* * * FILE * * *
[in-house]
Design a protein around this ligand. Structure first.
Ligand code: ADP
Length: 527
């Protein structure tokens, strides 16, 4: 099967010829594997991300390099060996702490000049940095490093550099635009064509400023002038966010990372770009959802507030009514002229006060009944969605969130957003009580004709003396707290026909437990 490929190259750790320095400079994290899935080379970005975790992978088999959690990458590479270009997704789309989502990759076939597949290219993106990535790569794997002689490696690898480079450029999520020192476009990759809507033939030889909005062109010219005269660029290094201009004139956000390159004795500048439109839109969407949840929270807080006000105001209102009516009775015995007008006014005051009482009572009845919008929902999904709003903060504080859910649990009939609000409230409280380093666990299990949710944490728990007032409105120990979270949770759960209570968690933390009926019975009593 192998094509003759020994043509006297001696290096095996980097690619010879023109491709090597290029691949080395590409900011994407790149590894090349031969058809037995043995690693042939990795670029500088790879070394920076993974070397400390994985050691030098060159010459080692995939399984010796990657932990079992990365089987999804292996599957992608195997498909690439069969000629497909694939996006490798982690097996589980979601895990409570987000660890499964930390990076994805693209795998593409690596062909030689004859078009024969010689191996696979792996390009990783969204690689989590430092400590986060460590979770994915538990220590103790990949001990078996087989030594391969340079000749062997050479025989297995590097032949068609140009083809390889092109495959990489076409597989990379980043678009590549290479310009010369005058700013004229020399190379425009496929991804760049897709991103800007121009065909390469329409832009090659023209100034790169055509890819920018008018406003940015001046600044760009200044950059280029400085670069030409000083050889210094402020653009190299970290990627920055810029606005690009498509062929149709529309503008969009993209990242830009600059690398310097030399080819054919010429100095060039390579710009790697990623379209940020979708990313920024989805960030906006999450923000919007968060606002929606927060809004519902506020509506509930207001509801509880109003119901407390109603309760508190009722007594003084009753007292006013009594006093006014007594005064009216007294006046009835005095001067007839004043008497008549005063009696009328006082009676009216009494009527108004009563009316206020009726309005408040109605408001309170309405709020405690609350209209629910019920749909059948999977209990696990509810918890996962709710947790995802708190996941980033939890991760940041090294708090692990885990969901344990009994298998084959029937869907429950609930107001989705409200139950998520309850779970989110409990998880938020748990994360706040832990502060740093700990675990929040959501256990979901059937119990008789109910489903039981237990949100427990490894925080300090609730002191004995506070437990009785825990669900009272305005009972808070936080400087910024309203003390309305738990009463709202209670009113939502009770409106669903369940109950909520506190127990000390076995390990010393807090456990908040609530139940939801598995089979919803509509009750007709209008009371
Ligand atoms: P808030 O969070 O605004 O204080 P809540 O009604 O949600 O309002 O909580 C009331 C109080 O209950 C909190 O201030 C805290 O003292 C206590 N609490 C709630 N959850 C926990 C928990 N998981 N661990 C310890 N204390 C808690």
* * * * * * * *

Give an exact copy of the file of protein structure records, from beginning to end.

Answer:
[in-house]
Design a protein around this ligand. Structure first.
Ligand code: ADP
Length: 527
């Protein structure tokens, strides 16, 4: 099967010829594997991300390099060996702490000049940095490093550099635009064509400023002038966010990372770009959802507030009514002229006060009944969605969130957003009580004709003396707290026909437990 490929190259750790320095400079994290899935080379970005975790992978088999959690990458590479270009997704789309989502990759076939597949290219993106990535790569794997002689490696690898480079450029999520020192476009990759809507033939030889909005062109010219005269660029290094201009004139956000390159004795500048439109839109969407949840929270807080006000105001209102009516009775015995007008006014005051009482009572009845919008929902999904709003903060504080859910649990009939609000409230409280380093666990299990949710944490728990007032409105120990979270949770759960209570968690933390009926019975009593 192998094509003759020994043509006297001696290096095996980097690619010879023109491709090597290029691949080395590409900011994407790149590894090349031969058809037995043995690693042939990795670029500088790879070394920076993974070397400390994985050691030098060159010459080692995939399984010796990657932990079992990365089987999804292996599957992608195997498909690439069969000629497909694939996006490798982690097996589980979601895990409570987000660890499964930390990076994805693209795998593409690596062909030689004859078009024969010689191996696979792996390009990783969204690689989590430092400590986060460590979770994915538990220590103790990949001990078996087989030594391969340079000749062997050479025989297995590097032949068609140009083809390889092109495959990489076409597989990379980043678009590549290479310009010369005058700013004229020399190379425009496929991804760049897709991103800007121009065909390469329409832009090659023209100034790169055509890819920018008018406003940015001046600044760009200044950059280029400085670069030409000083050889210094402020653009190299970290990627920055810029606005690009498509062929149709529309503008969009993209990242830009600059690398310097030399080819054919010429100095060039390579710009790697990623379209940020979708990313920024989805960030906006999450923000919007968060606002929606927060809004519902506020509506509930207001509801509880109003119901407390109603309760508190009722007594003084009753007292006013009594006093006014007594005064009216007294006046009835005095001067007839004043008497008549005063009696009328006082009676009216009494009527108004009563009316206020009726309005408040109605408001309170309405709020405690609350209209629910019920749909059948999977209990696990509810918890996962709710947790995802708190996941980033939890991760940041090294708090692990885990969901344990009994298998084959029937869907429950609930107001989705409200139950998520309850779970989110409990998880938020748990994360706040832990502060740093700990675990929040959501256990979901059937119990008789109910489903039981237990949100427990490894925080300090609730002191004995506070437990009785825990669900009272305005009972808070936080400087910024309203003390309305738990009463709202209670009113939502009770409106669903369940109950909520506190127990000390076995390990010393807090456990908040609530139940939801598995089979919803509509009750007709209008009371
Ligand atoms: P808030 O969070 O605004 O204080 P809540 O009604 O949600 O309002 O909580 C009331 C109080 O209950 C909190 O201030 C805290 O003292 C206590 N609490 C709630 N959850 C926990 C928990 N998981 N661990 C310890 N204390 C808690």